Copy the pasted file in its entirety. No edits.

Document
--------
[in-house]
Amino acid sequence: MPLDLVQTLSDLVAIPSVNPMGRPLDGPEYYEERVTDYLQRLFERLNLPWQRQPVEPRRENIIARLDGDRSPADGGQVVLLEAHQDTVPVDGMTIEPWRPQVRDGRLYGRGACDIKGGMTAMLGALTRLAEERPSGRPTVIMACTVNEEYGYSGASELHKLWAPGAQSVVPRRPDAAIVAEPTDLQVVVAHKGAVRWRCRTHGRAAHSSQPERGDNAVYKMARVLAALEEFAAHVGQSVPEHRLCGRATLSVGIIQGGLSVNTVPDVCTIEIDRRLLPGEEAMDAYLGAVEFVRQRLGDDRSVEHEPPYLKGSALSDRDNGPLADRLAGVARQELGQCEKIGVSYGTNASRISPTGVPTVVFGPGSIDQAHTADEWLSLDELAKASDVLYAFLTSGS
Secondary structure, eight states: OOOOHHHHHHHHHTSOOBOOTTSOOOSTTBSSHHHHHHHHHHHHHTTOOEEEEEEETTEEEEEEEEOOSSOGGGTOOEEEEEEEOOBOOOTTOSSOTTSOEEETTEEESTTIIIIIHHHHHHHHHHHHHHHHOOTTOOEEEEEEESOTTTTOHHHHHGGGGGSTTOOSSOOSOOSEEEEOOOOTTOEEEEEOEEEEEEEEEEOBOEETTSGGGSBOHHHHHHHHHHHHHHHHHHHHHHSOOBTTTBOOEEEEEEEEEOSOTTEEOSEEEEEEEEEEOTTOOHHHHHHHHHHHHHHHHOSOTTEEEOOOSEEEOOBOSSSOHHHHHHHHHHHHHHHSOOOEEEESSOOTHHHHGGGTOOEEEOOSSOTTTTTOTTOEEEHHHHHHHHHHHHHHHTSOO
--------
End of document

[in-house]
Amino acid sequence: MPLDLVQTLSDLVAIPSVNPMGRPLDGPEYYEERVTDYLQRLFERLNLPWQRQPVEPRRENIIARLDGDRSPADGGQVVLLEAHQDTVPVDGMTIEPWRPQVRDGRLYGRGACDIKGGMTAMLGALTRLAEERPSGRPTVIMACTVNEEYGYSGASELHKLWAPGAQSVVPRRPDAAIVAEPTDLQVVVAHKGAVRWRCRTHGRAAHSSQPERGDNAVYKMARVLAALEEFAAHVGQSVPEHRLCGRATLSVGIIQGGLSVNTVPDVCTIEIDRRLLPGEEAMDAYLGAVEFVRQRLGDDRSVEHEPPYLKGSALSDRDNGPLADRLAGVARQELGQCEKIGVSYGTNASRISPTGVPTVVFGPGSIDQAHTADEWLSLDELAKASDVLYAFLTSGS
Secondary structure, eight states: OOOOHHHHHHHHHTSOOBOOTTSOOOSTTBSSHHHHHHHHHHHHHTTOOEEEEEEETTEEEEEEEEOOSSOGGGTOOEEEEEEEOOBOOOTTOSSOTTSOEEETTEEESTTIIIIIHHHHHHHHHHHHHHHHOOTTOOEEEEEEESOTTTTOHHHHHGGGGGSTTOOSSOOSOOSEEEEOOOOTTOEEEEEOEEEEEEEEEEOBOEETTSGGGSBOHHHHHHHHHHHHHHHHHHHHHHSOOBTTTBOOEEEEEEEEEOSOTTEEOSEEEEEEEEEEOTTOOHHHHHHHHHHHHHHHHOSOTTEEEOOOSEEEOOBOSSSOHHHHHHHHHHHHHHHSOOOEEEESSOOTHHHHGGGTOOEEEOOSSOTTTTTOTTOEEEHHHHHHHHHHHHHHHTSOO